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The Fruit of Our Womb

Sermon – 12/18/05
Daniel E. H. Bryant
First Christian Church, Eugene, Oregon

 

Luke 1:39-45

The scripture for this 4th Sunday of advent is the story of the meeting of Mary and Elizabeth, the two cousins.  So we read in chapter 1 of the gospel of Luke:

39 In those days Mary set out and went with haste to a Judean town in the hill country, 40where she entered the house of Zechariah and greeted Elizabeth. 41When Elizabeth heard Mary’s greeting, the child leapt in her womb. And Elizabeth was filled with the Holy Spirit 42and exclaimed with a loud cry, ‘Blessed are you among women, and blessed is the fruit of your womb. 43And why has this happened to me, that the mother of my Lord comes to me? 44For as soon as I heard the sound of your greeting, the child in my womb leapt for joy. 45And blessed is she who believed that there would be a fulfillment of what was spoken to her by the Lord.’

 

It was just before the season of advent in 1988 that Judy and I announced to the congregation in Fresno where I was serving at the time that Judy was pregnant with our first child, Paulina.  And it just so happened that the worship materials that year, during the season of advent, that I was using had a call to worship that began with the same line every Sunday:  "This is a time of pregnant expectation".  Of course I couldn't help but refer to this wonderful event in our lives a time or two in the sermons, and 'wonder' as the question is put in our worship & wonder materials.  Wonder about things like -- did Mary have morning sickness too?  Did Mary also crave pickles and peanut-butter in the middle of the night?  J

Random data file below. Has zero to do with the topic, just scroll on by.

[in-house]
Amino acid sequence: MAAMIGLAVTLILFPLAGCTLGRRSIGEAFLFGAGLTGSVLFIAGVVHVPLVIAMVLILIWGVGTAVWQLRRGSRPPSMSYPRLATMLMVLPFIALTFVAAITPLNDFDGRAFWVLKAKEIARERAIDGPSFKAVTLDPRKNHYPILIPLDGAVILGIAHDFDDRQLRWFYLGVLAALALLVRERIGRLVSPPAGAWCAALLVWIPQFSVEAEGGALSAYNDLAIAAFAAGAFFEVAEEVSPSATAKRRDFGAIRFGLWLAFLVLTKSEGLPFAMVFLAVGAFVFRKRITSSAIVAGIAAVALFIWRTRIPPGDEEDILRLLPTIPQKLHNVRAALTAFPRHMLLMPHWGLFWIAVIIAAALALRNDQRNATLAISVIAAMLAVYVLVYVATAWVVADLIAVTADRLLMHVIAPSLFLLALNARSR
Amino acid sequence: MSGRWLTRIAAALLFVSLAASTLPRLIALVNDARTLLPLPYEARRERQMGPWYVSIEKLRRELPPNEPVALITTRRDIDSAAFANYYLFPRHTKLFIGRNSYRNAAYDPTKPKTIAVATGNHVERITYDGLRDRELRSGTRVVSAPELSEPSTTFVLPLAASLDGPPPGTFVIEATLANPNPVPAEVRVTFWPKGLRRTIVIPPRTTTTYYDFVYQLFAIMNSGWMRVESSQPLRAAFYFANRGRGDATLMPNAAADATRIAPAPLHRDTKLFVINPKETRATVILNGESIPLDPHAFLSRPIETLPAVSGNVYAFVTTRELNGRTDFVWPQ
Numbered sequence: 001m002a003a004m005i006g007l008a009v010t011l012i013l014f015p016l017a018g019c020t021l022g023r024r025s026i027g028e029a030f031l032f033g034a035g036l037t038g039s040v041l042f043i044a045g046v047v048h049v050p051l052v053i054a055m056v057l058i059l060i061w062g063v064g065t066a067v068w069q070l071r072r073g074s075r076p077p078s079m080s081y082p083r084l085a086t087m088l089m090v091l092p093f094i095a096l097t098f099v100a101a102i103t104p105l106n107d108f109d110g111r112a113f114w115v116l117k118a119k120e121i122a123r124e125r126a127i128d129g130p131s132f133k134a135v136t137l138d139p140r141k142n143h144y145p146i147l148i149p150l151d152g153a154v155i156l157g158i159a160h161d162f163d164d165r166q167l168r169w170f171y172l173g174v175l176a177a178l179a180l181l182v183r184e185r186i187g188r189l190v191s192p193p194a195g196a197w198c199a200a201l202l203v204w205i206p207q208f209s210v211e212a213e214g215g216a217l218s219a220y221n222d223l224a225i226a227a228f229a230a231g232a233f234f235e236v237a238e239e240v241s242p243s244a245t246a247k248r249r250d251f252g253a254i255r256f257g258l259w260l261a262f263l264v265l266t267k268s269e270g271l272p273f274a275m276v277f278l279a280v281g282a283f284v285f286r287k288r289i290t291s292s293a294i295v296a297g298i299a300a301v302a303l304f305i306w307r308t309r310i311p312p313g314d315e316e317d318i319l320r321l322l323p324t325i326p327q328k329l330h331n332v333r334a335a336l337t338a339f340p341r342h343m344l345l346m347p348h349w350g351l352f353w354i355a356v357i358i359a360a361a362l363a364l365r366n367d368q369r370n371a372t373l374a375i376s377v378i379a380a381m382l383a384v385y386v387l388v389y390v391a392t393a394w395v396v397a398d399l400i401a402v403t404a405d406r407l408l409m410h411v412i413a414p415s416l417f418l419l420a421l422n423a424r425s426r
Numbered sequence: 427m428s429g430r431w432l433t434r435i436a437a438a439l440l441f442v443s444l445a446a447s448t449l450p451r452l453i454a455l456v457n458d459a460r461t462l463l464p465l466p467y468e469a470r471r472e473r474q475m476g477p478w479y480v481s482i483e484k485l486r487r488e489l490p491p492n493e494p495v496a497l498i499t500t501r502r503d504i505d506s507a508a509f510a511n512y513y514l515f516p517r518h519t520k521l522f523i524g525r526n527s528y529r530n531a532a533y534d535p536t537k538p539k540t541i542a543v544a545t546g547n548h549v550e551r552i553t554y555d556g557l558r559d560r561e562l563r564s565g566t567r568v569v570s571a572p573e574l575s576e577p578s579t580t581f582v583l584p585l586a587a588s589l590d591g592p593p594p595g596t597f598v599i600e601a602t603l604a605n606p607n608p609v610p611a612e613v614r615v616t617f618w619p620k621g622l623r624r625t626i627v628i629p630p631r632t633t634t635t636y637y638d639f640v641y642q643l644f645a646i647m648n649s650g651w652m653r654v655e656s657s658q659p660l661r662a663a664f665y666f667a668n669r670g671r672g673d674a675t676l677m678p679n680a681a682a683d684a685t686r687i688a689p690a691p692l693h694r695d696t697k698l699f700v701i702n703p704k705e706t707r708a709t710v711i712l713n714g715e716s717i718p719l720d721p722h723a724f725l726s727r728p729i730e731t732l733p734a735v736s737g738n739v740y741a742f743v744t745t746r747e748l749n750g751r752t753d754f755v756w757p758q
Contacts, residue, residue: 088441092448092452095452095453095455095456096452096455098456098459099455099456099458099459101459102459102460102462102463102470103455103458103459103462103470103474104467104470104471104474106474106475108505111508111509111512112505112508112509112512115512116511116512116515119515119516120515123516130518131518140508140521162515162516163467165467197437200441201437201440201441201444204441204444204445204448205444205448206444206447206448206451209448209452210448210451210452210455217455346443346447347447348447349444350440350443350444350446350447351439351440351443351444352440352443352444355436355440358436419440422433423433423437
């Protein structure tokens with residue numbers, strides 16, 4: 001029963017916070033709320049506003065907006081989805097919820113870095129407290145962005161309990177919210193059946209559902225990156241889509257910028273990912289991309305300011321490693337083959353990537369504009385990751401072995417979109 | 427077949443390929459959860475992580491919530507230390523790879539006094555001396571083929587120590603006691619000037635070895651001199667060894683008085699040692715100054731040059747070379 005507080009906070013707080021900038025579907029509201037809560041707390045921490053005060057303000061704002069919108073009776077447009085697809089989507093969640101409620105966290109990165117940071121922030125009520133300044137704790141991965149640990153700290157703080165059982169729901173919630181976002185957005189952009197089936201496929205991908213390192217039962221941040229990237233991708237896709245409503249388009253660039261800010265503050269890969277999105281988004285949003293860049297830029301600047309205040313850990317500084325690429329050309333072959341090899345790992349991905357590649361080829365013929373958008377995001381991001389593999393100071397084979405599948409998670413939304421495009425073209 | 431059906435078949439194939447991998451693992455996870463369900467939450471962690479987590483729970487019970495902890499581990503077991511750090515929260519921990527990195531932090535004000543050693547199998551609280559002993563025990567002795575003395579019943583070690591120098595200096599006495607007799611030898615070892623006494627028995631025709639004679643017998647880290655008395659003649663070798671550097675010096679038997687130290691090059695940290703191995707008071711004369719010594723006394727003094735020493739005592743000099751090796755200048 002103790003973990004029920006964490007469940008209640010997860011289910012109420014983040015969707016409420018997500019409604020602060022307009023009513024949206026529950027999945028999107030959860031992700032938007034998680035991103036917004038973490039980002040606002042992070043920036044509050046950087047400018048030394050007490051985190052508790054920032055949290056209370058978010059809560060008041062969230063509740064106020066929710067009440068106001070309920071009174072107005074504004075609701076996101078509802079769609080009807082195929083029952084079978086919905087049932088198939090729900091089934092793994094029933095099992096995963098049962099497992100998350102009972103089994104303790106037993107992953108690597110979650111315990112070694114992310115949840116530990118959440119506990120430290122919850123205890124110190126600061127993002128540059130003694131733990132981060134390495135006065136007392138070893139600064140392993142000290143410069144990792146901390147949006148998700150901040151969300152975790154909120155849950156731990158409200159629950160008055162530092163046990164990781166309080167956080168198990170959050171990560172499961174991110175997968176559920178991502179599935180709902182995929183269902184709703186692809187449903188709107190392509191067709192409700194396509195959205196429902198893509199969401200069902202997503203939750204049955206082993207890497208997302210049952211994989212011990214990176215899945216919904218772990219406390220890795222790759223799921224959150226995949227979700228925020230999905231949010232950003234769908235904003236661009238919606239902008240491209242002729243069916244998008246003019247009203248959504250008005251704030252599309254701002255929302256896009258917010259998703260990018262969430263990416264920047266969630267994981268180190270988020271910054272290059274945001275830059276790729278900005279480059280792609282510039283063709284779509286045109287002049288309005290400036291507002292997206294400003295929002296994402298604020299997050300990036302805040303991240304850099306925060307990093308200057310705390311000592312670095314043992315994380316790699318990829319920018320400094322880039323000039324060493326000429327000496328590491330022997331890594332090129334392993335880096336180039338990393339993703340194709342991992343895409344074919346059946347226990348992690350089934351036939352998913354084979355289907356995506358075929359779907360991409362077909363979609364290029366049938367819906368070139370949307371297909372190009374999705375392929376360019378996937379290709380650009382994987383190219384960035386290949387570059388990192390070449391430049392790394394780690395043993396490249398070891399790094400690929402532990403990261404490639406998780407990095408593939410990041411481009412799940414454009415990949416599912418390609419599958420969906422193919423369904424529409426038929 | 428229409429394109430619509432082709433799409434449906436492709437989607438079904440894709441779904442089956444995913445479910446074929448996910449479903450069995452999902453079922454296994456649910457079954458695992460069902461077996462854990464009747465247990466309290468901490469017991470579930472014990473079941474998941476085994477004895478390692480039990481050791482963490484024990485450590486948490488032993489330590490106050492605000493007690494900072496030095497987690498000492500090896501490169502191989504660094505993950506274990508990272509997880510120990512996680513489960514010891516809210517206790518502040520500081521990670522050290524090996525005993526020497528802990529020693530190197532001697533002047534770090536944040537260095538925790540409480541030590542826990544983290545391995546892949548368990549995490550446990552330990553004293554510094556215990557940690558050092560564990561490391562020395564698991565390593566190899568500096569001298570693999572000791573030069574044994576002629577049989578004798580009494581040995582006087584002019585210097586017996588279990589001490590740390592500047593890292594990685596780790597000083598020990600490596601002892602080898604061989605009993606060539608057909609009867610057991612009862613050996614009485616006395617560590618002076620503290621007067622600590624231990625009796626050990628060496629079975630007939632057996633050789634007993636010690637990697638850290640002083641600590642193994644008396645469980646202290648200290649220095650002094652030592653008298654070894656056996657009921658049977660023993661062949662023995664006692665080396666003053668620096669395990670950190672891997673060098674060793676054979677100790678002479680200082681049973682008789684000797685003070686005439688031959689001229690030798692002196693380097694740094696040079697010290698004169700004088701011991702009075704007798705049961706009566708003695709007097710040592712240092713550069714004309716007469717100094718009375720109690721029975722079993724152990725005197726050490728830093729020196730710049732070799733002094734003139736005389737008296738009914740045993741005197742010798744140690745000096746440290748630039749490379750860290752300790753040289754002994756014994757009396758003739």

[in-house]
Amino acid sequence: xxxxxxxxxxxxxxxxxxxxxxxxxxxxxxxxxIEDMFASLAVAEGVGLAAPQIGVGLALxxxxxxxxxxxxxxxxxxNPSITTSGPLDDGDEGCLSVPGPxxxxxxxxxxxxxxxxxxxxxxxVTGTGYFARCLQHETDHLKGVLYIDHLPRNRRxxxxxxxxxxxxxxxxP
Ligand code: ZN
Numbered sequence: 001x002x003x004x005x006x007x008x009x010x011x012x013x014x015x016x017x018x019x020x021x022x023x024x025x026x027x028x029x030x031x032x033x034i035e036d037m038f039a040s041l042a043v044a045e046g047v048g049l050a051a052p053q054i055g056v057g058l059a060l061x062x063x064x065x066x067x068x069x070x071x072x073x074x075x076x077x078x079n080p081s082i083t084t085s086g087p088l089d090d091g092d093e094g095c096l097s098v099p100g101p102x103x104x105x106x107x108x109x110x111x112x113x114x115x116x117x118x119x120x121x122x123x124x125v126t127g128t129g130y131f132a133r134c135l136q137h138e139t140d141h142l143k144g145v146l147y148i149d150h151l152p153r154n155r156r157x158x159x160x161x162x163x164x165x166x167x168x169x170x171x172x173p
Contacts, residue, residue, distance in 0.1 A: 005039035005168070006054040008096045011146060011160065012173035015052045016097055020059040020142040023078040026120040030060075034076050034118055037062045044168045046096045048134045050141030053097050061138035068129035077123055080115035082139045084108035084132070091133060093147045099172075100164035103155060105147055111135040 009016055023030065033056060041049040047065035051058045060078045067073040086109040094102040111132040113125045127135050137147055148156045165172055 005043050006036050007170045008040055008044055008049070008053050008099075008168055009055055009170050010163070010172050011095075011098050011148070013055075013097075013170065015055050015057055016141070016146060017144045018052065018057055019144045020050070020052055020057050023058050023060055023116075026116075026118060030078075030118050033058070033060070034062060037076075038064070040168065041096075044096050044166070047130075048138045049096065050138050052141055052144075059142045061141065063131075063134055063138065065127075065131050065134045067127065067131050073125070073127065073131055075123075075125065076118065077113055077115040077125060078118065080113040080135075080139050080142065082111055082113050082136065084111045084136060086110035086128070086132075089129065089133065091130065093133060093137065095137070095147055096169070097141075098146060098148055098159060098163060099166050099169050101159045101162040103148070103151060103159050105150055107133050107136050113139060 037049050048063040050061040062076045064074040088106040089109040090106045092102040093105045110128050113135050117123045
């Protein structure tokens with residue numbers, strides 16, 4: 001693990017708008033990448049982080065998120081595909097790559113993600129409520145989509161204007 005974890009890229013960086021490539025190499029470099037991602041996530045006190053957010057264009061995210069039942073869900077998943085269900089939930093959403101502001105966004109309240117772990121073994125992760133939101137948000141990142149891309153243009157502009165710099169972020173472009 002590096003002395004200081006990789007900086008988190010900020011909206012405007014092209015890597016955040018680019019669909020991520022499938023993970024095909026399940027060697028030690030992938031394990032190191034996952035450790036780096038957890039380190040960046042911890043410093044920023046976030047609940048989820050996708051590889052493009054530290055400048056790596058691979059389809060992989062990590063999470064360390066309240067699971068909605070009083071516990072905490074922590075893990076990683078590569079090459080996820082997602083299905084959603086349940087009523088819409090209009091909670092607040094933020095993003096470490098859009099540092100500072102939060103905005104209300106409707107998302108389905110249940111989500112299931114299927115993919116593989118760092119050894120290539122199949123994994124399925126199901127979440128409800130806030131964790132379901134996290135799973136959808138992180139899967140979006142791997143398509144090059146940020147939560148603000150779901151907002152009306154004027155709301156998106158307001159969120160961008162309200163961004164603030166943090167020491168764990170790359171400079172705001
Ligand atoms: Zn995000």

By the time we came to the 4th Sunday of advent one of my elders said to me "If I hear about pregnant expectations one more time I'm going to throw up!".  So maybe I overdid it just a little.  

I ran across this quote from Weavings, a journal on spirituality, by Wendy Wright, that is a powerful image.  She writes:

"Pregnancy is at the core of the Christian message.  We are pregnant.  We are the place of waiting, of the advent.  We are the womb through who's pulsing life God is born".

And I love that image.  That we are pregnant, that we are the womb through whom God is born.  Maybe it sounds a little strange, I know, for a guy, to use that kind of imagery, and there are probably some women thinking 'yeah, right, like he knows what he's talking about'.  Maybe I don't, but that's never stopped me before from expounding on things J.

But here's my point:  according to church tradition, Jesus is fully human and fully divine.  Of course that divinity comes from God.  The humanity, then, of course has to come from Mary.  Mary, in the story, represents humanity.  There is a very real sense in which the seed of God has been implanted in all of us, not just Mary.  That her story is our story too.  Women and men.  That we are all pregnant with expectation.  That God is born in us in some way.

As Jesus said in the sermon on the mount:  "You are the light of the world".

Mary Ann Williamson draws on that image in her well-known quote, I think made famous by Nelsen Mandela (used it in his inaugural speech in 1994, if memory serves me right that would have been the second time he was elected president of South Africa).  I noted that Elaine used it Sunday night at the Interfaith service as she was asked to be the Christian representative and drew on this passage reflecting on the significance of advent and the birth of Christ.  Williamson writes:

"Let your light shine.  We ask ourselves 'who am I to be brilliant, gorgeous, talented, fabulous?'  Actually, who are you not to be?  You are a child of God.  Your playing small doesn't serve the world.  We were born to make manifest the glory of God within us.  It's not just in some of us, it's in everyone".

So, in other words, we are no different than Mary.  Our task, like hers, is to bring Christ into the world.  It's not so much about putting Christ back into Christmas -- to be honest, I think Jesus would just as soon that his name was left out of all of the marketing campaigns, who's purpose is only to sell more stuff and to make more money.  What does that have to do with the birth of Jesus anyway?